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The Latino shift to Republicans is real, but it's (mostly) not about whether someone has a degree | #203 – July 24, 2022
Thoughts on "education polarization" and a new study claiming Hispanics did not move right at all from 2016 to 2020
I like to think that things happen for a set of reasons — that causes have effects and effects have causes. Lots of other people think this too. Do not jump down the stairs (or you will break your ankle). Do not bite the hand that feeds you (or you will not get fed). If I run really fast I will get tired.
But while humans are pretty good at accurately identifying causality in the real world (I know that if I break my ankle by jumping down the stairs then it is partly my fault for doing a stupid thing, and also partly gravity’s for pulling me down), it is not so easy to figure this out with data. That is why your next ice cream cone probably won’t murder you.
There are several aspects of political data analysis that muddy the waters of causality. I was reminded of this by an ongoing debate over why Donald Trump did better among Latino voters in 2020 than he did in 2016. Because we cannot ask every American why they voted, we have to guess their reasons for doing so by looking at relationships between variables we can measure with surveys. Some evidence shows that lower-education and more conservative Latinos were especially likely to vote for Trump; maybe, then, we are seeing “a political realignment in real-time,” as Axios called it in a recent article. They say that: “Democrats are becoming the party of upscale voters concerned more about issues like gun control and abortion rights. Republicans are quietly building a multiracial coalition of working-class voters, with inflation as an accelerant.”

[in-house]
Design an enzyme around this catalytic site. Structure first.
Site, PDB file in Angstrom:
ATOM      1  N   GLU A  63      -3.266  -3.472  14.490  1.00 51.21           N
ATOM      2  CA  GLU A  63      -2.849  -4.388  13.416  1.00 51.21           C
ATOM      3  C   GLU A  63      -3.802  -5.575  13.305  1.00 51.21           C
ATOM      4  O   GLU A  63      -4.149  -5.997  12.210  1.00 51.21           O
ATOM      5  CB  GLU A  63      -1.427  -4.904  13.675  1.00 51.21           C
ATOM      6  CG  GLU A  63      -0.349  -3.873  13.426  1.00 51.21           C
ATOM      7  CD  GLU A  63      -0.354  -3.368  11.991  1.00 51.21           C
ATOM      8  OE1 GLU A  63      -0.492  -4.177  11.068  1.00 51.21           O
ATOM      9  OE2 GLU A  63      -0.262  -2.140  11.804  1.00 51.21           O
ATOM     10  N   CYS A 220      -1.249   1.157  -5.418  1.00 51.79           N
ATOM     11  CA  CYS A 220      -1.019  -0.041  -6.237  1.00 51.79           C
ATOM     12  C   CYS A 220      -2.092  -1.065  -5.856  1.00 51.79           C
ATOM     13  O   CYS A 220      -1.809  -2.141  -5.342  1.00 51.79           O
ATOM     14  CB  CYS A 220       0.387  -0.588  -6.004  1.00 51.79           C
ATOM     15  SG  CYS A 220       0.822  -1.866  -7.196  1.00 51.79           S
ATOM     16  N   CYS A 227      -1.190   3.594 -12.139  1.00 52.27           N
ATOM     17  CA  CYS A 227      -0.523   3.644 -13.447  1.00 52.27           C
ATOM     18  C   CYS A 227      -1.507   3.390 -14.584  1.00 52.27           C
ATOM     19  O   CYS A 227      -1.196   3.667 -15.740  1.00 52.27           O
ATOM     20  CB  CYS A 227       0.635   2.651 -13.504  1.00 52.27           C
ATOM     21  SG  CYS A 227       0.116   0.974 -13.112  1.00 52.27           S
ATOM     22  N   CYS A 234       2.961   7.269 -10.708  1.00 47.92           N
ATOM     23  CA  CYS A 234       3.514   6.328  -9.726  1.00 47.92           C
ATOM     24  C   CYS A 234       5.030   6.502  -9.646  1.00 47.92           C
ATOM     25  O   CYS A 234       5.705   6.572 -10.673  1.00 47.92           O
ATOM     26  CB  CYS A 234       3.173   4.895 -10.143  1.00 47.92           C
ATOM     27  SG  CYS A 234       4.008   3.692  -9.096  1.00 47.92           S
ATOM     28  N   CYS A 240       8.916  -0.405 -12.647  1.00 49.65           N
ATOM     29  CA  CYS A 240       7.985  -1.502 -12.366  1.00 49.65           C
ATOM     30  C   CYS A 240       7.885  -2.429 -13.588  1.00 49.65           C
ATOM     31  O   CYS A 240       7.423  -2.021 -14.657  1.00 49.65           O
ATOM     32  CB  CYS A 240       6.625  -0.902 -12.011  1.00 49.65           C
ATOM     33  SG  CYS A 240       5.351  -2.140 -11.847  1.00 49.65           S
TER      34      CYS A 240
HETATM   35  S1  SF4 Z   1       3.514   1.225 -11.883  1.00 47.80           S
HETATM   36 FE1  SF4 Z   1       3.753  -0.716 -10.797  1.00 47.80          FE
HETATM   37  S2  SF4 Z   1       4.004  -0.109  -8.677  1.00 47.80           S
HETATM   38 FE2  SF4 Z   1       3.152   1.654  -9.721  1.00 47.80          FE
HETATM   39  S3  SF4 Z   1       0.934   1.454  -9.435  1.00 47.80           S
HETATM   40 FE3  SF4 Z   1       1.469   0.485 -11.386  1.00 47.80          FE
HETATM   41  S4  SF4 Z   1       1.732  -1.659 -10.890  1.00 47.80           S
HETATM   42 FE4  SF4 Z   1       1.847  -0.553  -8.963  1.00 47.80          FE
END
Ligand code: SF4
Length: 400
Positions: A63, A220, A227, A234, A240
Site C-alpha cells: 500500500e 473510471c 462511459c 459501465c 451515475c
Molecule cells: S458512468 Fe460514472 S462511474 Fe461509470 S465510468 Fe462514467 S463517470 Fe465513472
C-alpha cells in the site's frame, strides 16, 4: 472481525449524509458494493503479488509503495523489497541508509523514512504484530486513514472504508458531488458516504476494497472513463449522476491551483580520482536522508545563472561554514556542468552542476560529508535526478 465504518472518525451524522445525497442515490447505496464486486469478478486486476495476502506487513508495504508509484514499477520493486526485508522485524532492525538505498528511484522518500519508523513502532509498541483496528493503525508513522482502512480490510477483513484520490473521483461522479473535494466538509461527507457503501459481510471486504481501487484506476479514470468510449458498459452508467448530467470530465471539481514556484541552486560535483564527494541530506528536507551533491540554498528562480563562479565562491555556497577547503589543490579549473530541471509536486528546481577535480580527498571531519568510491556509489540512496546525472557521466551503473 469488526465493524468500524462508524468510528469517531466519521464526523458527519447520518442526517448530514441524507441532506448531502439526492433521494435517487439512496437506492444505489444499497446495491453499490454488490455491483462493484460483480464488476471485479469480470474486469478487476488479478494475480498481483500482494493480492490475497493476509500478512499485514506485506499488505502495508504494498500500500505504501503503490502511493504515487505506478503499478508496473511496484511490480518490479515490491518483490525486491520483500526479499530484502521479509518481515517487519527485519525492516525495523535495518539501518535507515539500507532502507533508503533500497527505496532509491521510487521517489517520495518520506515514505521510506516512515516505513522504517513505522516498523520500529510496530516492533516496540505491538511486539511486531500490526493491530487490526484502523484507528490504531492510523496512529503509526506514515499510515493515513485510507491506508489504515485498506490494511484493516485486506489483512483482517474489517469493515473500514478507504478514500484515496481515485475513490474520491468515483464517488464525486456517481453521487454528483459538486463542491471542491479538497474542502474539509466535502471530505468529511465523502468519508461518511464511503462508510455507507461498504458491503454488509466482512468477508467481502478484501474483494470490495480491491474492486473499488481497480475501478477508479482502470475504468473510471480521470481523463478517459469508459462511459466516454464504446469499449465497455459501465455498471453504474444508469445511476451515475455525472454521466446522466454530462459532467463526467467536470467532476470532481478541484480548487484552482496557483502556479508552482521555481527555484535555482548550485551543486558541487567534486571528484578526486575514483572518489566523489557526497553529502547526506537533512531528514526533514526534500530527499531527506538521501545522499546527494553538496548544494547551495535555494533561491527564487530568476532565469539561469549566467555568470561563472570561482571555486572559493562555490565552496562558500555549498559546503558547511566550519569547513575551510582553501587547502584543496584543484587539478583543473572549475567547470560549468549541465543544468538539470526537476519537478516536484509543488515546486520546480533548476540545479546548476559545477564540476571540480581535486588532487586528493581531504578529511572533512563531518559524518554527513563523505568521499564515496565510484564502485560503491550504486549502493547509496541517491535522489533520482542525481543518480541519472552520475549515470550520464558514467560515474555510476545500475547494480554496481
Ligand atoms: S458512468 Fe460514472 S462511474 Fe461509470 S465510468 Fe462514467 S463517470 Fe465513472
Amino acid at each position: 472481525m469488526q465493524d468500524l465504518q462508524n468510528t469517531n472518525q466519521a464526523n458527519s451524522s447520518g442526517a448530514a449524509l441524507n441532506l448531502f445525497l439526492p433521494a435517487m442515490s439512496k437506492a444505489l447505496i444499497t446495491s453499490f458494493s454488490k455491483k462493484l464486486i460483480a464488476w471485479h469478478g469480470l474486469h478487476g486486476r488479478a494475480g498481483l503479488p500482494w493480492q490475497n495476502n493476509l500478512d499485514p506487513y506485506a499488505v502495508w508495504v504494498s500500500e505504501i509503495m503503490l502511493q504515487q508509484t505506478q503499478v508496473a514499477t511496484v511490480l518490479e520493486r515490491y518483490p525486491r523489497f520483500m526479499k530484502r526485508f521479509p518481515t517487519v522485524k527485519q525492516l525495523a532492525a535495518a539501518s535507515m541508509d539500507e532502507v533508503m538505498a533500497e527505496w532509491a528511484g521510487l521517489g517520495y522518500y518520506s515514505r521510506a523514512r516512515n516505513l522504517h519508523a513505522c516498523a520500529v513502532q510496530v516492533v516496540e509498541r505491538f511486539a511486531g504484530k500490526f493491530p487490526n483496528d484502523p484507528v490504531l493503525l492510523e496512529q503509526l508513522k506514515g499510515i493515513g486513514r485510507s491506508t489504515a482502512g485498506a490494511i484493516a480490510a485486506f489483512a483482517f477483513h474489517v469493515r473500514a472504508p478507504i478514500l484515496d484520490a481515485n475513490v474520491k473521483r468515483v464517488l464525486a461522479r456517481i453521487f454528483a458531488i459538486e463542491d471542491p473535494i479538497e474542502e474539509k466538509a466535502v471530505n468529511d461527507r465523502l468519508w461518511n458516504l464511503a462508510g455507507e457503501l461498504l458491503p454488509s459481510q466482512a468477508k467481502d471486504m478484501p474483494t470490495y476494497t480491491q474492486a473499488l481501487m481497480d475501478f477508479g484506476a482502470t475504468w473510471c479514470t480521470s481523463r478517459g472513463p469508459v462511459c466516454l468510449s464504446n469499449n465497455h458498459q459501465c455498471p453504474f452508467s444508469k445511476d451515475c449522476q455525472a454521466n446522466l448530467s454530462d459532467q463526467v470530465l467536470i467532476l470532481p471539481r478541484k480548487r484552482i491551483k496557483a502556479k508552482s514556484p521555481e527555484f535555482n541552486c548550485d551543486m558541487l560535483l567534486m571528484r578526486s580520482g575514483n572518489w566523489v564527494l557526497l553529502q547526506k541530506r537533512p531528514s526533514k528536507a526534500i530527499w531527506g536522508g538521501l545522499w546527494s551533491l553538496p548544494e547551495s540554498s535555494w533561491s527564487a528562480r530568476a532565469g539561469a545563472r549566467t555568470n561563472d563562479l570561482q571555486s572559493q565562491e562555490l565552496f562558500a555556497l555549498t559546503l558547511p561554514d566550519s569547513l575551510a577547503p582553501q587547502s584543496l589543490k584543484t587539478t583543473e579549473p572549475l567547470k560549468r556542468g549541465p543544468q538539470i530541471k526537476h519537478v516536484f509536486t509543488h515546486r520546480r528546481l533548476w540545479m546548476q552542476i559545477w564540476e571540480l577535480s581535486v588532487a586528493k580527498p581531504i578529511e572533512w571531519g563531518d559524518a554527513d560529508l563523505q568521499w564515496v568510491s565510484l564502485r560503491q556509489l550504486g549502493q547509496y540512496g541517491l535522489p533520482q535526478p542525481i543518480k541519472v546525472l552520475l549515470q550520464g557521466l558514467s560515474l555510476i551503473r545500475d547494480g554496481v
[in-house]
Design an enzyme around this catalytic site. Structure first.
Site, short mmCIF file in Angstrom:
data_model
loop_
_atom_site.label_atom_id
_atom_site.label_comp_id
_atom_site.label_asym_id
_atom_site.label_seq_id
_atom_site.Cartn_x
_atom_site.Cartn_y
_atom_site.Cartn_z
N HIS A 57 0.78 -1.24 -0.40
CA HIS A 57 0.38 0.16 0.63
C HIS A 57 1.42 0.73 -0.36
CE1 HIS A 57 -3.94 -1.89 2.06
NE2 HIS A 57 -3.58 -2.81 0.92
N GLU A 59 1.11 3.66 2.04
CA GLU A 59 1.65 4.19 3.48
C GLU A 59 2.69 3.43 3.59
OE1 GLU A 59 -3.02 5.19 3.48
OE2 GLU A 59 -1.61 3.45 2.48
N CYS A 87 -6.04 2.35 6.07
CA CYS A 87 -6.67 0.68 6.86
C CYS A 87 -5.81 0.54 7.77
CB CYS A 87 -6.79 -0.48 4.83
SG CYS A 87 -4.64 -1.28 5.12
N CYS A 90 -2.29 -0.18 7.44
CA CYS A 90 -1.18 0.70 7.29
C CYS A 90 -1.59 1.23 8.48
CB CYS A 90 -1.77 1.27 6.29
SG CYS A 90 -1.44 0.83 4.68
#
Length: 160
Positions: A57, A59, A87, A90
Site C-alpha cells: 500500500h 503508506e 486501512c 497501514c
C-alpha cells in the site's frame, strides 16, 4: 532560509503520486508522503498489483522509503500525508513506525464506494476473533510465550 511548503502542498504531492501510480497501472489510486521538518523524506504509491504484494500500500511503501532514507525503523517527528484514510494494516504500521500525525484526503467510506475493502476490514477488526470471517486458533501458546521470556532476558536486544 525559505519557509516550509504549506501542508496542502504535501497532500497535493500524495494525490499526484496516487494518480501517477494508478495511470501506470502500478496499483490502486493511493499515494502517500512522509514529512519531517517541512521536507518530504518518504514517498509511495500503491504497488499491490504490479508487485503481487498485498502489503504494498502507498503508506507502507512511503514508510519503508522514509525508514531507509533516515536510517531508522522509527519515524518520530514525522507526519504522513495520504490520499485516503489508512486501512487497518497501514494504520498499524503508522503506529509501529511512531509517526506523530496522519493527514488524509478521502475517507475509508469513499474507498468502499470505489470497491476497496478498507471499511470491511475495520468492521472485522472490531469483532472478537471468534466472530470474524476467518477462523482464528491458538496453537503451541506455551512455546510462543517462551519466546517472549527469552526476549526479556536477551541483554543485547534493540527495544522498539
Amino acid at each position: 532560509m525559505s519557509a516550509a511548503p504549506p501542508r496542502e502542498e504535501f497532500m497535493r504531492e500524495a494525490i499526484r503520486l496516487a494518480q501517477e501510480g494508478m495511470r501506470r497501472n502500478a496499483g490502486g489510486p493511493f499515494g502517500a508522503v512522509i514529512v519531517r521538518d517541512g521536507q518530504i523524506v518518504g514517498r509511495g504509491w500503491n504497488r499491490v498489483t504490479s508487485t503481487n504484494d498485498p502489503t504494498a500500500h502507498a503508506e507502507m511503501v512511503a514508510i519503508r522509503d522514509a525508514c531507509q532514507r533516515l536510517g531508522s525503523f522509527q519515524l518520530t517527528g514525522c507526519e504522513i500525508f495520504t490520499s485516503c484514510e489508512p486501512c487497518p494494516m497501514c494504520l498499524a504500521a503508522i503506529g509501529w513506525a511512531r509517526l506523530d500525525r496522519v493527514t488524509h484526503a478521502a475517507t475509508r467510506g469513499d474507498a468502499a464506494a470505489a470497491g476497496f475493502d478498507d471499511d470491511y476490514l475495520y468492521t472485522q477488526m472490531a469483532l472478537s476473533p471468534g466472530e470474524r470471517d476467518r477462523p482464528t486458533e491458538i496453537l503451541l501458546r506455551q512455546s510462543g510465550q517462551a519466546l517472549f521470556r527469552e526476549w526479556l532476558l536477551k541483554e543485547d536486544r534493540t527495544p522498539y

But it is important to realize that this is not evidence of causality. A recent collection of tweets exchanged by myself and other political analysts highlights both an array of causes for this apparent Latino shift from 2016 to 2020 and even posits different theories for voter behavior altogether. There is evidence of a strong link between racial liberalism and voting for Trump; low socioeconomic status and voting for Trump; not having a college education and voting for Trump; living in areas with lower shares of degree-holders and less income and voting for Trump; and on and on. And how do you sort all that out? And what variables come before others?
It is worth a brief detour to talk about this. It is common today to talk, as Axios does, about Donald Trump’s gains with Latinos as a product of increasing polarization by (1) educational attainment and (2) income. Democrats are the party of upscale educated white progressives, this trope goes, and Republicans are assembling a coalition of Whites, Latino, Black, and Asian voters who do not share their interests.
This may be true to an extent, but it advances a few myths about the electorate. For one, Democrats will win the overwhelming majority of Black, Latino and Asian voters. In fact, even if you break down demographic groups by their race and education, the only group Republicans won in 2020 was non-college-educated whites; both college- and non-college-educated voters of color went for Democrats in 2020.
So maybe politics is less divided by education and socioeconomic status that pundits popularly prescribe. In fact, our behavior is divided more by our views on race, culture, and identity. For example, if you divide groups of college- and non-college-educated whites into two additional groups by whether they score higher on the so-called “racial resentment” scale, then the observed polarization by education completely disappears. The gap is captured entirely by whether someone has extremely conservative views on race and fairness.